After 1881, when the family moved to Witley, Surrey, Allingham developed a characteristic style and subject-matter in her watercolours: views of the vernacular architecture of southern England, garden scenes (such as ...

Article

Linda Whiteley

In 

Article

Danish, 19th century, male.

Born 2 April 1805, in Odense; died 4 August 1875, in Copenhagen.

Writer, graphic artist, creator of silhouettes and collages.

The author of the Fairytales and the Picture Book Without Pictures proved, on occasion, to be a gifted engraver. He left delicate silhouettes of girls, cupids and swans beneath the trees. He also decorated screens with collages....

Article

American, 19th century, male.

Activec.1880.

Engraver, illustrator.

A wood engraver, Anderson worked as an illustrator for several American newspapers.

Article

Mark Jones

(b Bordeaux, Nov 4, 1761; d Paris, Dec 10, 1822).

French medallist, engraver and illustrator. He was first apprenticed to the medallist André Lavau (d 1808) and then attended the Académie de Peinture et de Sculpture in Bordeaux. In 1786 he travelled to Paris and entered the workshop of Nicolas-Marie Gatteaux. His first great success was a large, realistic and highly detailed medal representing the Fall of the Bastille (1789); because it would have been difficult and risky to strike, he produced it in the form of single-sided lead impressions or clichés, coloured to resemble bronze. The following year he used this novel technique again, to produce an equally successful companion piece illustrating the Arrival of Louis XVI in Paris. Andrieu lay low during the latter part of the French Revolution, engraving vignettes and illustrating an edition of Virgil by Firmin Didot (1764–1836). He reappeared in 1800, with medals of the Passage of the Great St Bernard...

Article

Anne Pastori Zumbach

[Albrecht]

(b Anet, Berne, April 1, 1831; d Anet, July 16, 1910).

Swiss painter and illustrator. An early interest in art was kindled by visiting the exhibitions of the Société des Amis des Arts in Neuchâtel in 1842, and he took private drawing lessons with Louis Wallinger (1819–86) between 1845 and 1848. However he began studying theology in Berne in 1851, continuing these studies at the university in Halle. During his stay in Germany he became acquainted with major German collections, notably the Gemäldegalerie in Dresden, which impressed him deeply. His father reluctantly consented to an artistic career, and in 1854 Anker moved to Paris, where he joined the studio of Charles Gleyre. He studied at the Ecole Impériale des Beaux-Arts in Paris from 1855 until c. 1860, meanwhile selling portraits. In 1861 he travelled in nothern Italy, copying Old Masters such as Titian and Correggio.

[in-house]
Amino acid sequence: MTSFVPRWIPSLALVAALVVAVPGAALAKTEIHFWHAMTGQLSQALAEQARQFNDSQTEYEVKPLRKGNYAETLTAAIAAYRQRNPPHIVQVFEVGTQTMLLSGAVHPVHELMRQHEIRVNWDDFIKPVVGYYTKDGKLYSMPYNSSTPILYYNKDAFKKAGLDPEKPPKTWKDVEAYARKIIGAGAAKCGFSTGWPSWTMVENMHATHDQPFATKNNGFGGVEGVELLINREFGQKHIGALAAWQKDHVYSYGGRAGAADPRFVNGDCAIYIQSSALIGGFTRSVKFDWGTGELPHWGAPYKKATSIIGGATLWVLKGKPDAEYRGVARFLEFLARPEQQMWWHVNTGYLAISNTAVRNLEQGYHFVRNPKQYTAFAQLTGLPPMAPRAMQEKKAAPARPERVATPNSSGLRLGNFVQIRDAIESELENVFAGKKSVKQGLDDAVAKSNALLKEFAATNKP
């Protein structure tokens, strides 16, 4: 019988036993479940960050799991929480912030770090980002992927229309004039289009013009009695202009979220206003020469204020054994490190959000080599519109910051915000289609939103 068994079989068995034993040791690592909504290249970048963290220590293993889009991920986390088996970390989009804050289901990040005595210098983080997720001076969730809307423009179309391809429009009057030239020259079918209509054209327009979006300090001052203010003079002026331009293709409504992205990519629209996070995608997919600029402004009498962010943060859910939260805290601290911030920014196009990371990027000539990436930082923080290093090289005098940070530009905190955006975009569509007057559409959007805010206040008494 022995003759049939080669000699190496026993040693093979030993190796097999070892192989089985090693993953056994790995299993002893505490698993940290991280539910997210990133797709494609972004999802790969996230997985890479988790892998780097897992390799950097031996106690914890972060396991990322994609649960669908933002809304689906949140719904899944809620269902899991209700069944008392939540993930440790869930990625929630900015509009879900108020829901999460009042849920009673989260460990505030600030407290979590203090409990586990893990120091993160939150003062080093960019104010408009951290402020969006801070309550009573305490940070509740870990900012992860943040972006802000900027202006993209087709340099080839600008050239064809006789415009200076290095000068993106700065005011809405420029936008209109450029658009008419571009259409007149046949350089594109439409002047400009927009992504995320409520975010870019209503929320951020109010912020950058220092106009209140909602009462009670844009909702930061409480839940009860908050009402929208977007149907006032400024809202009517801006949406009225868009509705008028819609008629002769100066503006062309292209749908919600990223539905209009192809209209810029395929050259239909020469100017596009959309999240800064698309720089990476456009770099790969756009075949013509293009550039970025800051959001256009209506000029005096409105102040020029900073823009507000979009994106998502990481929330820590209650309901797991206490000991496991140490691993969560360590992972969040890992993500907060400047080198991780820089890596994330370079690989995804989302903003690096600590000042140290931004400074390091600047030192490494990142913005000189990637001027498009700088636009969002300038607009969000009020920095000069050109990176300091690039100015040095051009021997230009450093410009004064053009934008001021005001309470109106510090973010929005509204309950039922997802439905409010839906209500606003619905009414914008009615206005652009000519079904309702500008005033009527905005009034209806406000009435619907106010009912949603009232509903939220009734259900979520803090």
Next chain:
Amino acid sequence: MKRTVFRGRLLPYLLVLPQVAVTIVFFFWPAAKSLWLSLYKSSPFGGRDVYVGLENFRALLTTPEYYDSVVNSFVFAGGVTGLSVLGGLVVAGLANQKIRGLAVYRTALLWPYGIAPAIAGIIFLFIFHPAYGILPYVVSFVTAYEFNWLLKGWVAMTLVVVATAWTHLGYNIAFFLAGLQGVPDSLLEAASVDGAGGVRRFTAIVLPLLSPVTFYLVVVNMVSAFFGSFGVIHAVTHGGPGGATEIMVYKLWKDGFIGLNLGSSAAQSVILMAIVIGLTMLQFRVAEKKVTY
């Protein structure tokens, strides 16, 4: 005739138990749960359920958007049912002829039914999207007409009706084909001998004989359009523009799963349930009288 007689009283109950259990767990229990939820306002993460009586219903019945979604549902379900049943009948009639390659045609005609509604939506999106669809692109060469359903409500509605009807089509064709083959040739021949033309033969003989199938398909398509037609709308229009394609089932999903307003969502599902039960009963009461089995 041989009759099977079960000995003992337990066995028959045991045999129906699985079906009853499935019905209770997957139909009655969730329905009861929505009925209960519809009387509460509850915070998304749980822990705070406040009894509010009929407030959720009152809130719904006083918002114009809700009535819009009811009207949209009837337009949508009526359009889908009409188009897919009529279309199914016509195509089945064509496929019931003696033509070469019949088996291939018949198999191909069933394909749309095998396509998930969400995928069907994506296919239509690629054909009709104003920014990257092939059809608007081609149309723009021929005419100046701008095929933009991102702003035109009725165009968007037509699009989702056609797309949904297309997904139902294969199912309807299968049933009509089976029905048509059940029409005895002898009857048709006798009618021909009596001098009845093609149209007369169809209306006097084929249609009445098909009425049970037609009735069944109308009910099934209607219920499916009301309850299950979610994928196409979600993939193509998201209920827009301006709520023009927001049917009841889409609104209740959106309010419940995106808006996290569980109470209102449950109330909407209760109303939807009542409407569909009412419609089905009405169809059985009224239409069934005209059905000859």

In the course of this training Anker started painting large original compositions, such as ...

Article

Philip Ward-Jackson

(b London, June 18, 1828; d London, Dec 4, 1905).

English sculptor, silversmith and illustrator. He was the son of a chaser and attended the Royal Academy Schools, London. At first he gave his attention equally to silverwork and to sculpture, exhibiting at the Royal Academy from 1851. An early bronze, St Michael and the Serpent, cast in 1852 for the Art Union, shows him conversant with the style of continental Romantics, and his debut in metalwork coincided with the introduction into England of virtuoso repoussé work by the Frenchman, Antoine Vechte (1799–1868). In the Outram Shield (London, V&A), Armstead displayed the full gamut of low-relief effects in silver, but its reception at the Royal Academy in 1862 disappointed him, and he turned his attention to monumental sculpture. Among a number of fruitful collaborations with architects, that with George Gilbert I Scott (ii) included a high degree of responsibility for the sculpture on the Albert Memorial in Kensington Gardens, London. Here Armstead’s main contribution was the execution of half of the podium frieze (...